Winters in Alberta are long, dark, and cold. As the seasons transition and the first signs of Spring appear you'd expect much rejoicing. Don't be fooled; Spring is the worst season of them all. Now I know what you're thinking: Spring is an enchanting wonder where birds chirp, dew laden grasses turn green, and fields of flowers bloom. If that's how you picture Spring you're not from Alberta. Allow me to enlighten you.
Spring can't decide if it should be cold or hot and it changes its mind on an almost daily basis. When the temperature shifts past the freezing point it feels extra cold because everyone is starting to expect warmer temperatures. I feel like yelling "WARM UP GOD DAMNIT! WHY MUST YOU TEASE ME WITH SUNSHINE AND WARMTH?" In the colder months you simply put on your parka and go about your daily business.
With so much mountain run-off you'd expect to see lush foliage everywhere but it's not the case. The truth is Alberta is about as vibrant as a cardboard box during Spring. Usually I use this time to work on my website, plan summer shoots, or take a trip South because the local landscape is scruffy and bland. We won't see leaves or flowers here until at least the middle of May... if we're lucky. Maybe the lack of photo opportunities is responsible for my bitter attitude towards the season.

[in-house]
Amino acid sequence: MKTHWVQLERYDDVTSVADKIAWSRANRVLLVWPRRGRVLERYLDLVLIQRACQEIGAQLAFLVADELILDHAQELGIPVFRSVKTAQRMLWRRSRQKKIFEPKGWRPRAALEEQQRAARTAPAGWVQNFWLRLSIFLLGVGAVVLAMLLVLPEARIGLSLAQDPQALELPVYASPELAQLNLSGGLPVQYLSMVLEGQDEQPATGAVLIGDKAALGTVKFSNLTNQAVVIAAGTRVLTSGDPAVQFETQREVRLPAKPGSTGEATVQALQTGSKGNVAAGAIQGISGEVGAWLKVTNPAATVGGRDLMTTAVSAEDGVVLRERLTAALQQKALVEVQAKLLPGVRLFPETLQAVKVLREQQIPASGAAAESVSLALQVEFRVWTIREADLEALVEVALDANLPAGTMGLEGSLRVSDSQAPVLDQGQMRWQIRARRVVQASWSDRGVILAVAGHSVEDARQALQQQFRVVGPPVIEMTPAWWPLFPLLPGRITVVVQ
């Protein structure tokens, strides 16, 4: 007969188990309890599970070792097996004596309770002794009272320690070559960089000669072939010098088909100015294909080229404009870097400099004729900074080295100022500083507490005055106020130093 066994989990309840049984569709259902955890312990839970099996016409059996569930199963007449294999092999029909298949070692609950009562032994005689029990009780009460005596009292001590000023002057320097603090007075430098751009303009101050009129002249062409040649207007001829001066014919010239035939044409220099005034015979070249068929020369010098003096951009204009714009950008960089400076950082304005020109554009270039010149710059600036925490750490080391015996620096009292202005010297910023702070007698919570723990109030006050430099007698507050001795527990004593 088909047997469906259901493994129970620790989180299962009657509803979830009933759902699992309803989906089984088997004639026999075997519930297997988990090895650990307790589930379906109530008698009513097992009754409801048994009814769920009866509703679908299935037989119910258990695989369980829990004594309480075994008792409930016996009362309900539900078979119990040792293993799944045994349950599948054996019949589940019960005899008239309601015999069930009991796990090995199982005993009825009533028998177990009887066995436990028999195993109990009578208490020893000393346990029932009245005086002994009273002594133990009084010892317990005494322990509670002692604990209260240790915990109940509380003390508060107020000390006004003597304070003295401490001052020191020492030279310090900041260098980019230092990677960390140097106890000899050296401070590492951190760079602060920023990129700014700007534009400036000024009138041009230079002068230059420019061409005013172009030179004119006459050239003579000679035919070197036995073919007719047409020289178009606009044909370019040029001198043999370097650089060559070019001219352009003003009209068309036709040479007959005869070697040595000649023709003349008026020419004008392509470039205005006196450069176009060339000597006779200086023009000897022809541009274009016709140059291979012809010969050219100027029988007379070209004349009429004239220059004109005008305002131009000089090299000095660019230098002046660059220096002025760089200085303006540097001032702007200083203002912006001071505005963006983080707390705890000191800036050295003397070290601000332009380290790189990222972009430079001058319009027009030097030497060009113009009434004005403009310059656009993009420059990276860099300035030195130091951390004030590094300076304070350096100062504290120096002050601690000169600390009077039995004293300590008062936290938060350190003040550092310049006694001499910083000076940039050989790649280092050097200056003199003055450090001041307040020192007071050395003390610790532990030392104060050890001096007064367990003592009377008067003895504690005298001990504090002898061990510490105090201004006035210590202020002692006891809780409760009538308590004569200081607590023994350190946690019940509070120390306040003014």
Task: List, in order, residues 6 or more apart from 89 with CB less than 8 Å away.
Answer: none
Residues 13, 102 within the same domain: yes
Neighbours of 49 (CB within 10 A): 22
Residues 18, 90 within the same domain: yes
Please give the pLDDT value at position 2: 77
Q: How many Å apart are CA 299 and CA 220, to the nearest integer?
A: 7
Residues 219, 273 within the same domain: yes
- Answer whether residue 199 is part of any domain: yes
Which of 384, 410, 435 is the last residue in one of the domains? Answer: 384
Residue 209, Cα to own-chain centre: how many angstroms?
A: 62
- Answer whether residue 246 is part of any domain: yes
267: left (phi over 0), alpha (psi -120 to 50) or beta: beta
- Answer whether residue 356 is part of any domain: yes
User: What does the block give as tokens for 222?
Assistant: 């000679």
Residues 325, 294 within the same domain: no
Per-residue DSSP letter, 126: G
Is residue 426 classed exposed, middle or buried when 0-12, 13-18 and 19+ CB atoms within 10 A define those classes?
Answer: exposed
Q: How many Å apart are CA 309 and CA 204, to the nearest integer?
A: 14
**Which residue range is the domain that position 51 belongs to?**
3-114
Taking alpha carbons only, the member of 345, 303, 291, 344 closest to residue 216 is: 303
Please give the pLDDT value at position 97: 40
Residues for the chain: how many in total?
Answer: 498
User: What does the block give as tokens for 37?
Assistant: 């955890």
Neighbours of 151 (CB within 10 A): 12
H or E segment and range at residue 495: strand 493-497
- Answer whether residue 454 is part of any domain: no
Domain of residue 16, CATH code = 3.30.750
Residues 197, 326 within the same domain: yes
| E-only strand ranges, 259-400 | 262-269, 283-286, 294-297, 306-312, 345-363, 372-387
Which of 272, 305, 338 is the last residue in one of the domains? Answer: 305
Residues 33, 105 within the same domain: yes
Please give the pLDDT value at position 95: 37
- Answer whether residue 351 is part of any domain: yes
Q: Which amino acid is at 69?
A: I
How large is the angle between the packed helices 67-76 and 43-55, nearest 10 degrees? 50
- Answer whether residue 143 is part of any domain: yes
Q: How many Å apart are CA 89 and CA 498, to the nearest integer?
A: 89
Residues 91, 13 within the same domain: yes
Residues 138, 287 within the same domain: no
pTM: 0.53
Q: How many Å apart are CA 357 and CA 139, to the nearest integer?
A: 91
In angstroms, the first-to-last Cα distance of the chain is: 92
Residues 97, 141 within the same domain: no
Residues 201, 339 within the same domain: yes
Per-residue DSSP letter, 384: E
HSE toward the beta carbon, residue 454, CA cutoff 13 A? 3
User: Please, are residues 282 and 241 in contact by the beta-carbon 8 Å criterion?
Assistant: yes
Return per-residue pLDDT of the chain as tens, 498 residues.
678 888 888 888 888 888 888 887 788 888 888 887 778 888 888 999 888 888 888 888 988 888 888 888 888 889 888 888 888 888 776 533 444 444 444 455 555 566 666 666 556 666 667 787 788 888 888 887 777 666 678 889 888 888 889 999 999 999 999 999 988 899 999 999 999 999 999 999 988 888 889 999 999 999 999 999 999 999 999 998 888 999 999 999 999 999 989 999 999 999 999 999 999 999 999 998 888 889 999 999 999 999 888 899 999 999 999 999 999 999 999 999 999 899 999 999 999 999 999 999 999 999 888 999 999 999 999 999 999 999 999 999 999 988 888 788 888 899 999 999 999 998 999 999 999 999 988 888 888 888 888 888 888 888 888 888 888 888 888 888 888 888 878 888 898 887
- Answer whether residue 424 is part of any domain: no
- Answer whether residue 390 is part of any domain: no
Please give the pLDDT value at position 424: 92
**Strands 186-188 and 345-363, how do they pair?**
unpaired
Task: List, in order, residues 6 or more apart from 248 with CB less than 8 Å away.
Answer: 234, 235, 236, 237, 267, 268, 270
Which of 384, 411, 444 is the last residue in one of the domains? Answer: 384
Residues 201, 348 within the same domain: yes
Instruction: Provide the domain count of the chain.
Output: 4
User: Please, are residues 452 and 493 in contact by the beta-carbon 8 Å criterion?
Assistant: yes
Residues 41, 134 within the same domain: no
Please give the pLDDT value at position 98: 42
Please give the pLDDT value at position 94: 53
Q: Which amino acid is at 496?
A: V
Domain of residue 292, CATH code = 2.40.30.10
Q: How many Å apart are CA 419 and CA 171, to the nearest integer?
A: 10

People think of Spring as a time of new life and rebirth but it's actually the opposite. Rivers and creeks become deadly as they flood their banks with melting snow. The mosquitoe population explodes and we're left to suffer at the hands of the terrible beasts (hate them so much).
It's been too warm to ski and too cold to cycle but Summer is just around the corner. Soon all the mud will dry up, it will stay warm, and we can go camping, hiking, fishing, and all that good stuff. It happens overnight; all of a sudden the grass is green and the trees have leaves. Those four or five days between Spring and Autumn are an absolute treat.